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spygirl last won the day on January 1

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  1. 2020 - 25 = 1995. 1995 + 5 = 2000 - Primary 1995 + 18 = 2013 - Uni 1995 + 22 = 2017 - Start work in Momentum.
  2. And shes being attacked by Corbynistas. Remind me. Whos he nasty party ? Are???
  3. https://www.bbc.co.uk/news/uk-politics-51195059 In a video message to supporters, the Birmingham Yardley MP argued the next leader had to be able to unite the whole Labour movement. She said she had to "be honest" with herself - "that person is not me." Well .. if she was totally honest, shed say it was none of the other candidates either and that voters should look for another party to vote for. You might want the sound on mute... And close your eyes.
  4. Ah but Haxby https://www.economist.com/britain/2020/01/09/the-coming-splurge-on-northern-infrastructure Jan 9th 2020 The wait for a train at Haxby in North Yorkshire has been a long one. The station closed in 1930. Over the past 20 years, as the town has grown and traffic has clogged up the roads around York, various schemes have been proposed to reopen it. One even got the go-ahead in 2009 only to be put on hold again a year later. But since the general election, there has been a growing belief that the train will finally arrive. .... Treasury insiders argue that the problem is not the economic analysis, but political decision-making. Transport projects related to London have a habit of getting approval ahead of others, even when the raw numbers suggest more value could be found outside of the capital. The most recent assessment of reopening Haxby station, for example, scored the benefit to cost ratio (bcr) at 3.0 and yet the scheme remains closed. By contrast, the extension of the Docklands Light rail to City Airport received a greenlight with a bcr of 1.7. A former Treasury official explains that ministers respond to pressure and that London-based businesses find it easiest to get heard. Chancellors are more likely to cross paths with a chief executive who wants a quicker journey from the airport to Canary Wharf than one troubled by congestion on the York ring-road. Its bent. Its a c\se of Southern rail being given huge priority Crossrail - a small extension from Rdg -> Eastend - required a load of voodoo bullshit to justify its cost.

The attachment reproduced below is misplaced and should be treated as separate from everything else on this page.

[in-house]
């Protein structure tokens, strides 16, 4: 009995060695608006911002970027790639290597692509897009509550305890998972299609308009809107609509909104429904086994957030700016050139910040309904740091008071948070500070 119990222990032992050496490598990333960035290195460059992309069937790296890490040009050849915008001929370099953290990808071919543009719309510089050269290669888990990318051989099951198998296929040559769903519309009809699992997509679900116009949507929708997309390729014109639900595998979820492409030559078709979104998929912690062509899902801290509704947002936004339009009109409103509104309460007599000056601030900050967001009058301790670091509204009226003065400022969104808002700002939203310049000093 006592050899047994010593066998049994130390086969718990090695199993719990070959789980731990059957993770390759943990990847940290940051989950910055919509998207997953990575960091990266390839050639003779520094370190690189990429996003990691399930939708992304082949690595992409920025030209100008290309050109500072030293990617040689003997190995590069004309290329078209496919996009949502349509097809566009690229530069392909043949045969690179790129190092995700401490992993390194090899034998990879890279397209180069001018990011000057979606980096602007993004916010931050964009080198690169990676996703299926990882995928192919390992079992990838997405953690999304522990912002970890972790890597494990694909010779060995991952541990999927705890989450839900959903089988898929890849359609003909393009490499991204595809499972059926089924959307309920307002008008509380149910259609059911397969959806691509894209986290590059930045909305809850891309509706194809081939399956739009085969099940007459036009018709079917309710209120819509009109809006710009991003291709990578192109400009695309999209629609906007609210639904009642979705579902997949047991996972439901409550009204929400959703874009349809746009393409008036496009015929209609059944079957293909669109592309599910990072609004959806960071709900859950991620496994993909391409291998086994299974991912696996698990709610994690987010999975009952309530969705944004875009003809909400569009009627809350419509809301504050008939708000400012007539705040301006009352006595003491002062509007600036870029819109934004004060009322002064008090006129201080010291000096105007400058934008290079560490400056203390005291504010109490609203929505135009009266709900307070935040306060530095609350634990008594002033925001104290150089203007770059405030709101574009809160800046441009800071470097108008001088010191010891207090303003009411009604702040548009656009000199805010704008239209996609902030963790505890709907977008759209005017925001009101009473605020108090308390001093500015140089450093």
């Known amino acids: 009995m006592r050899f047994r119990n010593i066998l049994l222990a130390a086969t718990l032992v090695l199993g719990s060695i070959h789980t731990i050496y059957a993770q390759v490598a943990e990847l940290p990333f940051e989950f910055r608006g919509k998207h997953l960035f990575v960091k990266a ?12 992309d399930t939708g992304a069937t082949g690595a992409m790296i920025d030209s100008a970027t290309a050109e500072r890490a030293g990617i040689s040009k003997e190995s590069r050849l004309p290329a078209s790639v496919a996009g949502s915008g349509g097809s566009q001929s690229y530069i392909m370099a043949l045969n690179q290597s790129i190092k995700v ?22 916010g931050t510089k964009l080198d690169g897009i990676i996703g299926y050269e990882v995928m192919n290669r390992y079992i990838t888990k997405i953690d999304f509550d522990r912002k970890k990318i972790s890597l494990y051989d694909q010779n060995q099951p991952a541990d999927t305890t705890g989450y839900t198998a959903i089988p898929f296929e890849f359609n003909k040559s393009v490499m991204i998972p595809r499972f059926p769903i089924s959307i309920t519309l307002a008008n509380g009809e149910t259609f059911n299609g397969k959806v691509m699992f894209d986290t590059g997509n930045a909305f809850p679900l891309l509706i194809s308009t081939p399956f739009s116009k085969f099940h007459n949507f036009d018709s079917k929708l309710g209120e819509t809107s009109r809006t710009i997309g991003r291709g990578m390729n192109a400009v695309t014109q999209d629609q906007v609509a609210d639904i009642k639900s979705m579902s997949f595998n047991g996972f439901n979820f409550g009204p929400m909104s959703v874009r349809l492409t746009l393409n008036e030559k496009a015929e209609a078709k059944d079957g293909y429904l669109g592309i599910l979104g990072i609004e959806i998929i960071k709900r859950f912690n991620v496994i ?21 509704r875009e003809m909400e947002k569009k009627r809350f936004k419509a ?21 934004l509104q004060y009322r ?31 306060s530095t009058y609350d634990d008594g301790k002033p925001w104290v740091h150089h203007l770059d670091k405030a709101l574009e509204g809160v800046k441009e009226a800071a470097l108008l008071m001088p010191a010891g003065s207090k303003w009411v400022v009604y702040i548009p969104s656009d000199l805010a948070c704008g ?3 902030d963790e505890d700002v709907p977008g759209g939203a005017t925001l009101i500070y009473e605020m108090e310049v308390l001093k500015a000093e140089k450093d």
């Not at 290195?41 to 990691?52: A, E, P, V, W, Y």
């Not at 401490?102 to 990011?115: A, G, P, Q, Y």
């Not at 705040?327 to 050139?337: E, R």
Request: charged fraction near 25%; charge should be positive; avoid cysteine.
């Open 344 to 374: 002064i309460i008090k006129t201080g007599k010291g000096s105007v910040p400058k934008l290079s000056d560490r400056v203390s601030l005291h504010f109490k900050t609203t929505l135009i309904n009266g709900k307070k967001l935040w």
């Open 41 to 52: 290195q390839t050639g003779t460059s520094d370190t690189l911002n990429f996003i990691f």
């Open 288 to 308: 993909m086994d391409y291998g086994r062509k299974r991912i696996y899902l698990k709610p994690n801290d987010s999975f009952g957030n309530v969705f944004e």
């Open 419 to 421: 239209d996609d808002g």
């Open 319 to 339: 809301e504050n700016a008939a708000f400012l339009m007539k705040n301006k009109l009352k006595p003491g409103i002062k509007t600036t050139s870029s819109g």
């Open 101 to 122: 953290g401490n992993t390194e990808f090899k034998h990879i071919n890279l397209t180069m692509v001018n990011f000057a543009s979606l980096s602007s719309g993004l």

5. https://beta.companieshouse.gov.uk/officers/PCEELuRYL-muMAkk9LSdjU82TQo/appointments https://www.ethicalpropertypartners.com/paulene-chalmers-investor
  6. RLB is the Papist!
  7. So, Germany, an adjacent country with a booming economy does not attract as many as UK, which is ~1000 miles away. Any guesses? Rest of the EU barely register.